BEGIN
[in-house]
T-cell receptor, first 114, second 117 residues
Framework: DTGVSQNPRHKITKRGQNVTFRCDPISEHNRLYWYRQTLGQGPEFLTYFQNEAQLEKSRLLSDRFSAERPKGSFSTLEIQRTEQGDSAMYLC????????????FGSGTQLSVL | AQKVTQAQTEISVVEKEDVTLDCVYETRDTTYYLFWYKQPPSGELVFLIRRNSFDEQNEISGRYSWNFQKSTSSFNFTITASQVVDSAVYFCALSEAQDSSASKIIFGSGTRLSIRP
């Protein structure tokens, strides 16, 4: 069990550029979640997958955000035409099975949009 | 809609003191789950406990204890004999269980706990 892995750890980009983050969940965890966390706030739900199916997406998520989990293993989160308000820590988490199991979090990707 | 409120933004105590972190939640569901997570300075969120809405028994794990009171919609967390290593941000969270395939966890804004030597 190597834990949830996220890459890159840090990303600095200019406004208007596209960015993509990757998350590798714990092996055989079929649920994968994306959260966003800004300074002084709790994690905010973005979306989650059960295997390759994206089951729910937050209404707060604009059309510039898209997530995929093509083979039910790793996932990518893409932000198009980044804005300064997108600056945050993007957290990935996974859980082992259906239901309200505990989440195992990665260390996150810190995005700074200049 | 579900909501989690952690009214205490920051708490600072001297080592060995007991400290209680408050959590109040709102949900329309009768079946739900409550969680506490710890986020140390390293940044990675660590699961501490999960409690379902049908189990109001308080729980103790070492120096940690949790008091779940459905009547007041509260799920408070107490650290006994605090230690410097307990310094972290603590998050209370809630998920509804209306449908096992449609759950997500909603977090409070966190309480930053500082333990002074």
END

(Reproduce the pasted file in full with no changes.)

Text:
[in-house]
T-cell receptor, first 114, second 117 residues
Framework: DTGVSQNPRHKITKRGQNVTFRCDPISEHNRLYWYRQTLGQGPEFLTYFQNEAQLEKSRLLSDRFSAERPKGSFSTLEIQRTEQGDSAMYLC????????????FGSGTQLSVL | AQKVTQAQTEISVVEKEDVTLDCVYETRDTTYYLFWYKQPPSGELVFLIRRNSFDEQNEISGRYSWNFQKSTSSFNFTITASQVVDSAVYFCALSEAQDSSASKIIFGSGTRLSIRP
């Protein structure tokens, strides 16, 4: 069990550029979640997958955000035409099975949009 | 809609003191789950406990204890004999269980706990 892995750890980009983050969940965890966390706030739900199916997406998520989990293993989160308000820590988490199991979090990707 | 409120933004105590972190939640569901997570300075969120809405028994794990009171919609967390290593941000969270395939966890804004030597 190597834990949830996220890459890159840090990303600095200019406004208007596209960015993509990757998350590798714990092996055989079929649920994968994306959260966003800004300074002084709790994690905010973005979306989650059960295997390759994206089951729910937050209404707060604009059309510039898209997530995929093509083979039910790793996932990518893409932000198009980044804005300064997108600056945050993007957290990935996974859980082992259906239901309200505990989440195992990665260390996150810190995005700074200049 | 579900909501989690952690009214205490920051708490600072001297080592060995007991400290209680408050959590109040709102949900329309009768079946739900409550969680506490710890986020140390390293940044990675660590699961501490999960409690379902049908189990109001308080729980103790070492120096940690949790008091779940459905009547007041509260799920408070107490650290006994605090230690410097307990310094972290603590998050209370809630998920509804209306449908096992449609759950997500909603977090409070966190309480930053500082333990002074």